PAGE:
aio_stat $path , ...;
IO::AIO::poll_cb;
}
IO::AIO::flush;
The default value is very large, so there is no practical limit on
the number of outstanding requests.
The call to "poll_cb" inside the loop will normally return
instantly, but as soon as more thna 32 reqeusts are in-flight, it
will block until some requests have been handled. This keeps the
loop from pushing a large number of "aio_stat" requests onto the
queue.
You can still queue as many requests as you want. Therefore,
"max_outstanding" is mainly useful in simple scripts (with low
values) or as a stop gap to shield against fatal memory overflow
(with large values).
The default value for "max_outstanding" is very large, so there is
no practical limit on the number of outstanding requests.
STATISTICAL INFORMATION
IO::AIO::nreqs
......@@ -1343,19 +1370,17 @@ EVENT LOOP INTEGRATION
\&IO::AIO::poll_cb);
FORK BEHAVIOUR
This module should do "the right thing" when the process using it forks:
Before the fork, IO::AIO enters a quiescent state where no requests can
be added in other threads and no results will be processed. After the
fork the parent simply leaves the quiescent state and continues
request/result processing, while the child frees the request/result
queue (so that the requests started before the fork will only be handled
in the parent). Threads will be started on demand until the limit set in
the parent process has been reached again.
In short: the parent will, after a short pause, continue as if fork had
not been called, while the child will act as if IO::AIO has not been
used yet.
Usage of pthreads in a program changes the semantics of fork
considerably. Specifically, only async-safe functions can be called
after fork. Perl doesn't know about this, so in general, you cannot call
fork with defined behaviour in perl. IO::AIO uses pthreads, so this
applies, but many other extensions and (for inexplicable reasons) perl
itself often is linked against pthreads, so this limitation applies.
Some operating systems have extensions that allow safe use of fork, and
this module should do "the right thing" on those, and tries on others.
At the time of this writing (2011) only GNU/Linux supports these
extensions to POSIX.
MEMORY USAGE
Per-request usage:
......
This diff is collapsed.
This diff is collapsed.
......@@ -200,7 +200,7 @@ struct eio_req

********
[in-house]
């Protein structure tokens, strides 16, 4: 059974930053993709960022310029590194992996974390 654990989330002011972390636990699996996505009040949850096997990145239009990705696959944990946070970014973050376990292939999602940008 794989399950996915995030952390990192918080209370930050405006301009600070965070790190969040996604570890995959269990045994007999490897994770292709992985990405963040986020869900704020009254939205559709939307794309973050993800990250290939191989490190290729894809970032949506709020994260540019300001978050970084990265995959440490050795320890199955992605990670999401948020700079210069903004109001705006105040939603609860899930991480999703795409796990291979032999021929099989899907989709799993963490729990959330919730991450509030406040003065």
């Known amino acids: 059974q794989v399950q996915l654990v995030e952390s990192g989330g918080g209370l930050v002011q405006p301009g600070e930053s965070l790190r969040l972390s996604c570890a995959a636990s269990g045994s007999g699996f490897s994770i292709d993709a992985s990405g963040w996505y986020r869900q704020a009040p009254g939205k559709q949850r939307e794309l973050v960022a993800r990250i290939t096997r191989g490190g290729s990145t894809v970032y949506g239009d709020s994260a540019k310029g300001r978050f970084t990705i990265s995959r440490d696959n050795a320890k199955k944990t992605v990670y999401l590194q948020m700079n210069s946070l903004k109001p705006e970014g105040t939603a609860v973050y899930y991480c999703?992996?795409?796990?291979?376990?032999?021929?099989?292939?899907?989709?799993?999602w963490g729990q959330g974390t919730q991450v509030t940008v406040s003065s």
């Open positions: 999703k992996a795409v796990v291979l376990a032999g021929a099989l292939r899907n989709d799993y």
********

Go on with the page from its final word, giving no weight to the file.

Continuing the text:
void *data;
eio_cb finish;
void (*destroy)(eio_req *req); /* called when requets no longer needed */
void (*destroy)(eio_req *req); /* called when request no longer needed */
void (*feed)(eio_req *req); /* only used for group requests */
EIO_REQ_MEMBERS
......@@ -249,7 +249,7 @@ unsigned int eio_npending (void); /* numbe rof finished but unhandled requests *
unsigned int eio_nthreads (void); /* number of worker threads in use currently */
/*****************************************************************************/
/* convinience wrappers */
/* convenience wrappers */
#ifndef EIO_NO_WRAPPERS
eio_req *eio_nop (int pri, eio_cb cb, void *data); /* does nothing except go through the whole process */
......@@ -291,7 +291,7 @@ eio_req *eio_mknod (const char *path, mode_t mode, dev_t dev, int pri, eio_c
eio_req *eio_link (const char *path, const char *new_path, int pri, eio_cb cb, void *data);
eio_req *eio_symlink (const char *path, const char *new_path, int pri, eio_cb cb, void *data);
eio_req *eio_rename (const char *path, const char *new_path, int pri, eio_cb cb, void *data);
eio_req *eio_custom (eio_cb execute, int pri, eio_cb cb, void *data);
eio_req *eio_custom (void (*execute)(eio_req *), int pri, eio_cb cb, void *data);
#endif
/*****************************************************************************/
......
dnl openbsd in it's neverending brokenness requires stdint.h for intptr_t,
dnl but that header isn't very portable...
AC_CHECK_HEADERS([stdint.h])
AC_SEARCH_LIBS(
pthread_create,
[pthread pthreads pthreadVC2],
......
#!/usr/bin/perl
BEGIN {
if ($^O ne "linux") {
print qq{1..0 # SKIP only linux supports pthreads and fork\n};
exit 0;
}
}
use Test;
use IO::AIO;
......@@ -13,7 +20,7 @@ IO::AIO::aio_nop sub {
print "ok 6\n";
};
IO::AIO::aio_busy 0.2, sub {
IO::AIO::aio_busy 1, sub {
print "ok 8\n";
};
......